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[Qemu-devel] [RFC][PATCH 00/01]qemu VM entrypoints

From: David Windsor
Subject: [Qemu-devel] [RFC][PATCH 00/01]qemu VM entrypoints
Date: Fri, 20 Jul 2007 17:50:36 -0400
User-agent: Microsoft-Entourage/


After a bit more discussion about integrating SELinux and KVM, it seems that
there is little interest in adding enforcement hooks to KVM as it stands.
Once KVM gets some type of inter-vm communication mechanism, MAC hooks will
probably be added in that space.

Until then, there seems to be interest in adding MAC controls to control VM
management operations, such as migrating VMs, or saving/resuming VMs.

One particular aspect of VM management which may be nice to control via
SELinux is the loading of a virtual hard disk into a VM.  Currently,
administrators would have to rely on file permissions to control which files
could be used as a virtual hard disks.  The semantics of file permissions do
not accomplish what is needed here.  A domain needs to explicitly get
permission from the policy to both use a file as a virtual disk and to use
the contents of that virtual disk as an "entrypoint" to the new, virtual
machine of a different integrity level.

Since there is no SELinux permission for this, I have created the vm {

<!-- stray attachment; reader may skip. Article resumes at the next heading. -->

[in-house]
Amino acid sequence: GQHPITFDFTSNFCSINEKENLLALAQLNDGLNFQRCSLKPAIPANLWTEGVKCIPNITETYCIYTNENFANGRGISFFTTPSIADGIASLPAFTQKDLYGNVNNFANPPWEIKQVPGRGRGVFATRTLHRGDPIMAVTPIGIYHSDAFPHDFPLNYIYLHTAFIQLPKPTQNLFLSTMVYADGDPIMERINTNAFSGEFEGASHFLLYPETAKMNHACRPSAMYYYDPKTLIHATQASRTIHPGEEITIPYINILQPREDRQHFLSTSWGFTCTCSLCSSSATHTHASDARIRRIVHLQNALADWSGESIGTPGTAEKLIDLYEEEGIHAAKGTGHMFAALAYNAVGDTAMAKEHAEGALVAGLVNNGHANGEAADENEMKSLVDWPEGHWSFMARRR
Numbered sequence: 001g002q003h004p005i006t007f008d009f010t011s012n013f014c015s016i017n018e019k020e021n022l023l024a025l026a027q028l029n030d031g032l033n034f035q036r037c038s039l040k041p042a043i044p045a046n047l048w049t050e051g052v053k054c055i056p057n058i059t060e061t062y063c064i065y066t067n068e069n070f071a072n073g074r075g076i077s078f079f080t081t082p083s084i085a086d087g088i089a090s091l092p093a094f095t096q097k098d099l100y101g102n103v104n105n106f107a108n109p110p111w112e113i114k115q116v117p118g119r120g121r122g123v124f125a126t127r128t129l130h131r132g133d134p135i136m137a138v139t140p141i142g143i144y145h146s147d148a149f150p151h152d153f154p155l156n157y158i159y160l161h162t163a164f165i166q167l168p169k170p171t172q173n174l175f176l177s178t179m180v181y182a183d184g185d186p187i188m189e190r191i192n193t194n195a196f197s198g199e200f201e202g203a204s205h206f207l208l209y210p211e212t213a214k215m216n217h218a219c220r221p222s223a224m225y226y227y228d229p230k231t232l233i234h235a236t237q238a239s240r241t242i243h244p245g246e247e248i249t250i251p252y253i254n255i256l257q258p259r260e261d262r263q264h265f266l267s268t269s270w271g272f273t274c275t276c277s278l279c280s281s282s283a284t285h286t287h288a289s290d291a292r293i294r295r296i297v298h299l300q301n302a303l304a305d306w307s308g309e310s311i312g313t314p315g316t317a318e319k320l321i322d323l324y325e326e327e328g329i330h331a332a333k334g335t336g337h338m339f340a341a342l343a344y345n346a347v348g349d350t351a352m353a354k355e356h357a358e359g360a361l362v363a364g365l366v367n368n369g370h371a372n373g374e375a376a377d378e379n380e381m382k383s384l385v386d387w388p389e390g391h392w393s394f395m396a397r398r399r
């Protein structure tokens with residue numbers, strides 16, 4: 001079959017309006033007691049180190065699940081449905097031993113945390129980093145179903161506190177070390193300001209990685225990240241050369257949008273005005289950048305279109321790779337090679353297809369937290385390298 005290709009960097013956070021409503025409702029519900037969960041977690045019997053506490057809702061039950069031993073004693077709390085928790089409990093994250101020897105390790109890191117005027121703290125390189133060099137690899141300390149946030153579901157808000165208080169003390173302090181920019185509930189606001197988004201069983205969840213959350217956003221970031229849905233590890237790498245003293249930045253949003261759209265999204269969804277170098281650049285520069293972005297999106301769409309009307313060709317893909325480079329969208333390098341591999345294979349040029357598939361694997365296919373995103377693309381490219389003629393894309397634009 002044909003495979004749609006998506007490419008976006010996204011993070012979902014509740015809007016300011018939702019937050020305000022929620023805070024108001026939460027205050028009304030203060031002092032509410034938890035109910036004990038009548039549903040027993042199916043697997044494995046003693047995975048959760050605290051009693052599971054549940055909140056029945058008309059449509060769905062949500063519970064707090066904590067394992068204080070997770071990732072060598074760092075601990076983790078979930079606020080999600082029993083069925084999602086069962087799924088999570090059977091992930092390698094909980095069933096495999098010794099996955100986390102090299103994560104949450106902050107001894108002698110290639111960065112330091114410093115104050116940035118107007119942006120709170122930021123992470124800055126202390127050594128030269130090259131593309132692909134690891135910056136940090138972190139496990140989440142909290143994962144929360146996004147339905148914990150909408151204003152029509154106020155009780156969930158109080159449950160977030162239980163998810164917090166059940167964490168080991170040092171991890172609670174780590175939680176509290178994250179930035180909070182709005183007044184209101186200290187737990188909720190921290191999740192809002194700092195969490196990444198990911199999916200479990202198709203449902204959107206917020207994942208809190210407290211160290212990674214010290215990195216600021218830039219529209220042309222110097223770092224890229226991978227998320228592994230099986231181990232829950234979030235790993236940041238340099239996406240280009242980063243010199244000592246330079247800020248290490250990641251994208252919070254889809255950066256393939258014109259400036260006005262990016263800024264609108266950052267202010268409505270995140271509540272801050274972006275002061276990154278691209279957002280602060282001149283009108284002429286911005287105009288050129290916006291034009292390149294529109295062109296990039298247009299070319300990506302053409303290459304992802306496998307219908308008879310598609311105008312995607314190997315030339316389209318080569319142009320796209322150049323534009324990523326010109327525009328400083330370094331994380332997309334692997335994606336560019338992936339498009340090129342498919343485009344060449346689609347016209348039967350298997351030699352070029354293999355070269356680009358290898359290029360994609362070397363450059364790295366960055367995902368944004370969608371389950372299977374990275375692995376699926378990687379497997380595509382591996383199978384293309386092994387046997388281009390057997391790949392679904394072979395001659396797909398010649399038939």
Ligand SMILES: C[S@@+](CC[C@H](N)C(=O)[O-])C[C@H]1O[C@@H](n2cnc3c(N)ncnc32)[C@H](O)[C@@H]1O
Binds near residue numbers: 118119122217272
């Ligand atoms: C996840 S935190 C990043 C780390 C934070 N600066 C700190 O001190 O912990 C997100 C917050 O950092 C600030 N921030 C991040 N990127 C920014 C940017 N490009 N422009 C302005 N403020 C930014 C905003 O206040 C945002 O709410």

entrypoint } object class/permission pair to represent this type of access.
Policy for allowing domain user_t to load a virtual disk of type
qemu_virtdisk_t would look something like:

allow user_t qemu_virtdisk_t:file r_file_perms;
type_change user_t qemu_virtdisk_t:vm vm_user_t;
allow qemu_virtdisk_t user_vm_t:vm entrypoint;

Please note that this patch will only check the entrypoint permission, and
does not actually facilitate transitioning on the type of the virtual disk.
I want some comments before continuing with this approach.

When loading a virtual disk into a VM, qemu would consult the policy to see
essentially three things: if the current process is allowed to read the
virtual disk file, what the type of the VM should be after loading the disk,
and if the virtual disk is in fact allowed to serve as an entrypoint to the
target domain.

One problem with this approach is that loading a VM is not an exec-based
operation.  Dynamic transitions could be used, but could possibly be avoided
by altering the patch to fork, then re-exec in the target domain.

This patch applies cleanly to qemu as found in the kvm-userspace trunk


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